Music

Savannah Re’s ‘Opia’ Preaches Self-Awareness And Manifesting The Best Within The Realm Of Love

The RX is Uproxx Music’s stamp of approval for the best albums, songs, and music stories throughout the year. Inclusion in this category is the highest distinction we can bestow, and signals the most important music being released throughout the year. The RX is the music you need, right now.

Savannah Re stands among the growing list of artists from Toronto’s latest R&B class. She joins names like Raahiim, Shantel May, Shay Lia, Safe, and more who lead the new wave of singers from up north, with each looking to join the established names from Toronto’s first class that includes PartyNextDoor, dvsn, Majid Jordan, Roy Woods, Jessie Reyez, and others. Returning to the spotlight she created thanks to songs like ”Where You Are” and “Homies,” Savannah Re steps forward with a collection of self-aware ballads on her debut EP, Opia.

The Toronto singer presents nine tracks to the world that delve into her love life of today and yesterday. Opia preaches self-awareness as clear as the mirror that holds her reflection. The singer documents various segments of her journey through relationships and accounts for each footstep she takes and for every mile ahead of her. However, that’s only half of the puzzle that makes up the EP. Elsewhere, Savannah shows that manifesting the best can lead to just that when it comes to her attempts at love.

While standing in front of her all-telling mirror, Savannah makes it clear on Opia that she’s among the legion of lovers who consider reassurance as one of their biggest needs. “Solid” beautifully encapsulates her desire to feel comfortable with her love interest. “Honestly, I just, I need you here with me / As long as we can breathe,” she sings. “I need you to be solid.” Whether it exists between them or not, she needs to hear her partner say it and do so without a cast of doubt in their voice. This message is furthered on the project’s title track, but this time it’s her doubts that overshadow all else. “There ain’t much more that you can do to show that you care,” she confesses. “You’re more than qualified, but I’m so unprepared.” All of her self-perceived beauty and ugliness come alive in the mirror and the Toronto native learns that our reflection doesn’t always show us things we want to see.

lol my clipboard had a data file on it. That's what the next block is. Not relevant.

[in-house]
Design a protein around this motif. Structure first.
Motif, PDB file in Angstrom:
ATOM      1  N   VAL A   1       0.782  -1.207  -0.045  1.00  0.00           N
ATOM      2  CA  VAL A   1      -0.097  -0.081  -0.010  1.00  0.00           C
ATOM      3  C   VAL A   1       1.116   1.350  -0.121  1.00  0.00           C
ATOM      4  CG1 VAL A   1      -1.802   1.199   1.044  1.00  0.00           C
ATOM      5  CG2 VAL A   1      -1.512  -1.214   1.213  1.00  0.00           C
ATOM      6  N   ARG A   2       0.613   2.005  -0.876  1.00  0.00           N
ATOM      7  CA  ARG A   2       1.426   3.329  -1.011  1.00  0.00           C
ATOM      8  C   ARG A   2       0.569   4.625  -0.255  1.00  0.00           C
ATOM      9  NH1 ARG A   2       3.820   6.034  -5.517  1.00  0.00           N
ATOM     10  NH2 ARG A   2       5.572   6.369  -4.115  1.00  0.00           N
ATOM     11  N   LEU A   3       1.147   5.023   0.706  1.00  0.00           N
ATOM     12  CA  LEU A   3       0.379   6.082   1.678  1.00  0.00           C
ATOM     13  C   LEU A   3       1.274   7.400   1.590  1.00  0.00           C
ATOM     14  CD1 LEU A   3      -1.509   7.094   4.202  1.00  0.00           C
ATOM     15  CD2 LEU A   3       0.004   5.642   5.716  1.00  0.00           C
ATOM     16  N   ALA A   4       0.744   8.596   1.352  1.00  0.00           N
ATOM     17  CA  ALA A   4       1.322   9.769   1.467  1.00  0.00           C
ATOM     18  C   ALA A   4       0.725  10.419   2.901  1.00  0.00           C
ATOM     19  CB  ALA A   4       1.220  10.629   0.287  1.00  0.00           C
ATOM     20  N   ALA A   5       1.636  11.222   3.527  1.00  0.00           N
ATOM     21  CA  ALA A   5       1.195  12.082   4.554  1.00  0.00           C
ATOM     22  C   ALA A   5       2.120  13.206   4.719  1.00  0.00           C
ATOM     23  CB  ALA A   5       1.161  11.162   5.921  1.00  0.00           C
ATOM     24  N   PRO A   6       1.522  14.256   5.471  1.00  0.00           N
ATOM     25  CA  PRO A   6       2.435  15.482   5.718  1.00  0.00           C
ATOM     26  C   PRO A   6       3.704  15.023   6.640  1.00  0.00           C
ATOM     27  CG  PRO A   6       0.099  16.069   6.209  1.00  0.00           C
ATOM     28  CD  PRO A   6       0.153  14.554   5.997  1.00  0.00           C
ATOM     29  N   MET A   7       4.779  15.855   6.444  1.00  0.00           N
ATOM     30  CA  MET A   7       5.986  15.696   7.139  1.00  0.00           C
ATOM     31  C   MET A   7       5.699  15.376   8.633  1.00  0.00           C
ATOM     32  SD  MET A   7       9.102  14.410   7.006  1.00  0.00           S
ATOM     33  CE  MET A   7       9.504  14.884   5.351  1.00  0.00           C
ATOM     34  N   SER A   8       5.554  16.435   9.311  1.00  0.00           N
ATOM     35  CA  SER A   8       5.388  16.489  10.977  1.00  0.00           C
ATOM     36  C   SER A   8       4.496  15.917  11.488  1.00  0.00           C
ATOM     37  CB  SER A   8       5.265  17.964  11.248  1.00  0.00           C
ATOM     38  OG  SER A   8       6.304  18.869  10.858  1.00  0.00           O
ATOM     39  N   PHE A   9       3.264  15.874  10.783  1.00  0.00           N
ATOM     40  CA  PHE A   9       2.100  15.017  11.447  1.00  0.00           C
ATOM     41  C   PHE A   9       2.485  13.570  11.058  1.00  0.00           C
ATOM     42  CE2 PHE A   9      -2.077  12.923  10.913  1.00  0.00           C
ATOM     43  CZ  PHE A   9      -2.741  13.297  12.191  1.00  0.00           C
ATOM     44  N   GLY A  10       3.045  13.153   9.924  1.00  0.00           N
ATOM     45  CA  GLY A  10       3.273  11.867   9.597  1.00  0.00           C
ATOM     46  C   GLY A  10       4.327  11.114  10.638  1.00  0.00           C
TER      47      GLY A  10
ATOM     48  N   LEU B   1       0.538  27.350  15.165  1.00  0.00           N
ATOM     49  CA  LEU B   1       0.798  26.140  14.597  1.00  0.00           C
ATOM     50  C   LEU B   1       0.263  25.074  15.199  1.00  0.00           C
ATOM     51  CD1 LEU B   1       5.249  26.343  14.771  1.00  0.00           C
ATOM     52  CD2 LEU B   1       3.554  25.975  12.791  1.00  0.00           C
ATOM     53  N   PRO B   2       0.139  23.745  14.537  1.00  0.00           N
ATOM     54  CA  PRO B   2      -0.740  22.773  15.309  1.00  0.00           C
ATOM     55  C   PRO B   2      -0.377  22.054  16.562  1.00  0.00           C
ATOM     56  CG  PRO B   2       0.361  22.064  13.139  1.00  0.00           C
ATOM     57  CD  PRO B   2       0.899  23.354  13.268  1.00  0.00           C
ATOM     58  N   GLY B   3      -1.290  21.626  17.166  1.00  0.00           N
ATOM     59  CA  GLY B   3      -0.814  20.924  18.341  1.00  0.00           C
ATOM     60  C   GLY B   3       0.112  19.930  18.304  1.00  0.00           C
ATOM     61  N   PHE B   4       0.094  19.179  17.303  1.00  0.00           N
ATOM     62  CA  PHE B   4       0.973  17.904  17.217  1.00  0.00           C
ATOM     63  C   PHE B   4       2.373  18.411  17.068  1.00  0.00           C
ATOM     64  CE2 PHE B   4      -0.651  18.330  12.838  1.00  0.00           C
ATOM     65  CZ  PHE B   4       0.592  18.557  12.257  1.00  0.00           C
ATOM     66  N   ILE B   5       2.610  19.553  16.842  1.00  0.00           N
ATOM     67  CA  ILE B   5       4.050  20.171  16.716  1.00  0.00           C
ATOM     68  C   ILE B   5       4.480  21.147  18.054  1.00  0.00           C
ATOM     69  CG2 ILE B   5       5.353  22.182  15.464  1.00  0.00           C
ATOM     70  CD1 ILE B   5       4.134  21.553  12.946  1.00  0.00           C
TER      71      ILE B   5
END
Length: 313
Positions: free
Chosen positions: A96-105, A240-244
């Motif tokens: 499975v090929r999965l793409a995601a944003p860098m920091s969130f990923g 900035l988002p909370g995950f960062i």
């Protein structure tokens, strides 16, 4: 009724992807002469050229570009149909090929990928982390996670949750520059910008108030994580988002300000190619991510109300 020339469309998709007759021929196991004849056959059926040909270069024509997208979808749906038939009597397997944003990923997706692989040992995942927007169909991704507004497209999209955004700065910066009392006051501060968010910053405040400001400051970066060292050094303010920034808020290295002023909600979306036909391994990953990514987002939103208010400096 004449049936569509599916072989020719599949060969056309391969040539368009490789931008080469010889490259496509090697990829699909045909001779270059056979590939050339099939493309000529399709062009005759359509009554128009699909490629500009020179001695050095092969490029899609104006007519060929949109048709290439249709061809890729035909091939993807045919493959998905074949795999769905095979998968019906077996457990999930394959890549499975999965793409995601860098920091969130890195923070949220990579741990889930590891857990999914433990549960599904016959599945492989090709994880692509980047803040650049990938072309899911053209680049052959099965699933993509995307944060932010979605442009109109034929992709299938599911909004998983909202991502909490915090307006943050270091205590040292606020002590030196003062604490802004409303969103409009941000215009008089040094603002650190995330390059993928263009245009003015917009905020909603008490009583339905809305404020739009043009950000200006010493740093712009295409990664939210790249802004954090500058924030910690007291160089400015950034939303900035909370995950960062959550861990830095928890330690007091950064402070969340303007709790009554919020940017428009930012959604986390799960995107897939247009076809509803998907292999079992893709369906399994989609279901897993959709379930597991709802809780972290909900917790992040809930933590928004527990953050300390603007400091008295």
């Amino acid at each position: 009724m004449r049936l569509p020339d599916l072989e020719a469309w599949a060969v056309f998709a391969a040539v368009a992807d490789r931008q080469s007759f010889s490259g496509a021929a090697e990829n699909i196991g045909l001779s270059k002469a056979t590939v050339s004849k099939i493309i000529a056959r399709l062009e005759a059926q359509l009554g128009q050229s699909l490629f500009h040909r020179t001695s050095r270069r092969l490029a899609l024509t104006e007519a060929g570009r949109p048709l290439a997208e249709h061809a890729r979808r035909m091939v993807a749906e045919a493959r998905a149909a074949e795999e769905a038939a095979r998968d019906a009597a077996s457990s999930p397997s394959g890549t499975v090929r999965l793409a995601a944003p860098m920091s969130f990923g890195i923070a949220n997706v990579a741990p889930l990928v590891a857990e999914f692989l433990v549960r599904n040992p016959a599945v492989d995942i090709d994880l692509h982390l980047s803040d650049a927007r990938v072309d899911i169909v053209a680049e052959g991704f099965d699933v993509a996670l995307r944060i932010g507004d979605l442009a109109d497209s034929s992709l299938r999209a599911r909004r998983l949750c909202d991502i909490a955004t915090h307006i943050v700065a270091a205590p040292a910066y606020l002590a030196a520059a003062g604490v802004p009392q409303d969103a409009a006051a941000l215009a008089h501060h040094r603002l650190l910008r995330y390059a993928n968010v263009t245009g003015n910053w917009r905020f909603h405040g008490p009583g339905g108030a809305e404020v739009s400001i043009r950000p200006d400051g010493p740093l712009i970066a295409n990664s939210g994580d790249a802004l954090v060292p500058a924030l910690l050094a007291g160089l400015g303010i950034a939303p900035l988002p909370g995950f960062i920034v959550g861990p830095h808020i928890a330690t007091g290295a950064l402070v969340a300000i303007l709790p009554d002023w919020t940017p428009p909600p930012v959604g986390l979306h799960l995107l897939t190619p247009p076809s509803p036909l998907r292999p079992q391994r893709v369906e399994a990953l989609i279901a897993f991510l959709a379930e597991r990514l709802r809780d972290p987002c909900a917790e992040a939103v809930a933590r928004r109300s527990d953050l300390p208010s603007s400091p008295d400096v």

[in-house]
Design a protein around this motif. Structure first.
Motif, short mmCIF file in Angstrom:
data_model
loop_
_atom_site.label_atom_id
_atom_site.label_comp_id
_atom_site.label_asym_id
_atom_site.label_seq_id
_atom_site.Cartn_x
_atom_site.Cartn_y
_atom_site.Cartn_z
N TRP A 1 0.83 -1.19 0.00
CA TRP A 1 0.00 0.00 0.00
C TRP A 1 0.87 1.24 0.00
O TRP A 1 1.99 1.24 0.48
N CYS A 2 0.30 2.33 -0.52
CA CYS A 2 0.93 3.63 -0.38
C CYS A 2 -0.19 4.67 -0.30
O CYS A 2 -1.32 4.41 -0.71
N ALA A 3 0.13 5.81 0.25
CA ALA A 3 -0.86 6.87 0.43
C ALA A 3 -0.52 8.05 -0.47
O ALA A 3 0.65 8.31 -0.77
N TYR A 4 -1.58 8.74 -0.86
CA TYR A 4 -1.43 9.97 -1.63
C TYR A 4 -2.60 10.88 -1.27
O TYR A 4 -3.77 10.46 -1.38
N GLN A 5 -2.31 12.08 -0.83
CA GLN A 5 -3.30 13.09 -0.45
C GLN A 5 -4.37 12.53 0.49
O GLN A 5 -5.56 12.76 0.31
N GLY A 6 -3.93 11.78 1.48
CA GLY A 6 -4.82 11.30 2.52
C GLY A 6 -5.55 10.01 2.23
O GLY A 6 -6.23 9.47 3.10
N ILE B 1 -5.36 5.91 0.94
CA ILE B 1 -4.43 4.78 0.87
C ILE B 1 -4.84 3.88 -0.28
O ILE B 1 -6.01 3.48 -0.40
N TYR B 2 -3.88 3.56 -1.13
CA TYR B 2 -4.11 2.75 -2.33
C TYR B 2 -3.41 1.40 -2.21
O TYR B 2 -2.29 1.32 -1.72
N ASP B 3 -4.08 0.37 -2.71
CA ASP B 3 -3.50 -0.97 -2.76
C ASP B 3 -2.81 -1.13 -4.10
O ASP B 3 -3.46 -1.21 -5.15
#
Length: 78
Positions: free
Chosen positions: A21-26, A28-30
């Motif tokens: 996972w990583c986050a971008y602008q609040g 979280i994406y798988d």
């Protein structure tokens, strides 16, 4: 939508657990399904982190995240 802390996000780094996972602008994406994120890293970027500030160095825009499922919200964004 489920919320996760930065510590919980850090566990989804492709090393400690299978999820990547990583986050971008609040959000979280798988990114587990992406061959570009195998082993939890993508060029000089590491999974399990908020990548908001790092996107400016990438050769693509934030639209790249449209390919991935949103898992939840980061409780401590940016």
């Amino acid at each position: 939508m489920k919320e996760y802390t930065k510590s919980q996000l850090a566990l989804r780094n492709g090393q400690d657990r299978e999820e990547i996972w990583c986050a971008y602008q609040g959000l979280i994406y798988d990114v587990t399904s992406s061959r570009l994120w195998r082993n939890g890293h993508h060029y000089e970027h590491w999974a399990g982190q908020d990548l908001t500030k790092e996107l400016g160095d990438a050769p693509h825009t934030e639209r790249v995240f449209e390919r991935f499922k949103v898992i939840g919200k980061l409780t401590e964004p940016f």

The realities that present themselves in our reflection can be a bit jarring, but Savannah doesn’t let it stifle her. She takes ownership of it and manifests for the best in her love life. Her most popular release, “Where You Are,” does just that. A married woman in the real world, she details the frustration of not being beside her husband as a result of her musical obligations. Instead of focusing on this grueling distance, she gives herself and her partner something to look forward to with an enticing promise of a steamy night in the bedroom. Even when things are falling apart like they do on “Homies,” Savannah maintains the spirit and confidence to still seek out the best. “You can keep the stress, I want more of you,” she proclaims. “I want more of us / I want less of this.”

A moment must be taken to recognize when Savannah shines the brightest on Opia. The first instance is on “Nothing Into Something” where she speaks openly about the restless butterflies her stomach now holds after she strikes gold with love. “It’s the way that you listen / Baby, you like my best friend,” she says adding, “Wish I could bottle your essence.” The Toronto singer gleams with happiness as she unearths a new love that makes her as cheerful as the animated piano keys that carry the song. Another highlight comes on “Love Me Back” which boasts a phenomenal sample of Romeo Santos’ “Imitadora” which appears at the forefront of the song at its start, all to be drowned out by the song’s thumping bass and the singer’s feisty lyrics. She begs for the reciprocation of her energy on the song, but the song’s composition makes it feel like anything but a plea for love. She’s well aware of what she brings to the table within a relationship, however, she realizes that it’s all pointless when said table doesn’t seat two people.

The results of self-reflection allow us to do one of two things: accept or dismiss what we see. Savannah, who seeks the best for herself, chooses to do the former. On Opia she chases the elusive qualities that she believes bring a dose of euphoria to her life, and she’s beyond honest in pursuing and wanting these things. “This Henny gon’ say what I won’t dare,” she says on “Opia.” One way or another, the truths that she discovers about herself will be voiced out to her world and the people in it, but in accepting them, she allows herself the opportunity to receive the things she manifests for. In addition to creating one of the better R&B releases of the year, Savannah beautifully details the importance of knowing and understanding yourself before beginning a journey towards attaining the things we feel are necessary for our lives.

Opia is out now via 1Music/UMG Canada. Get it here.

Around The Web

×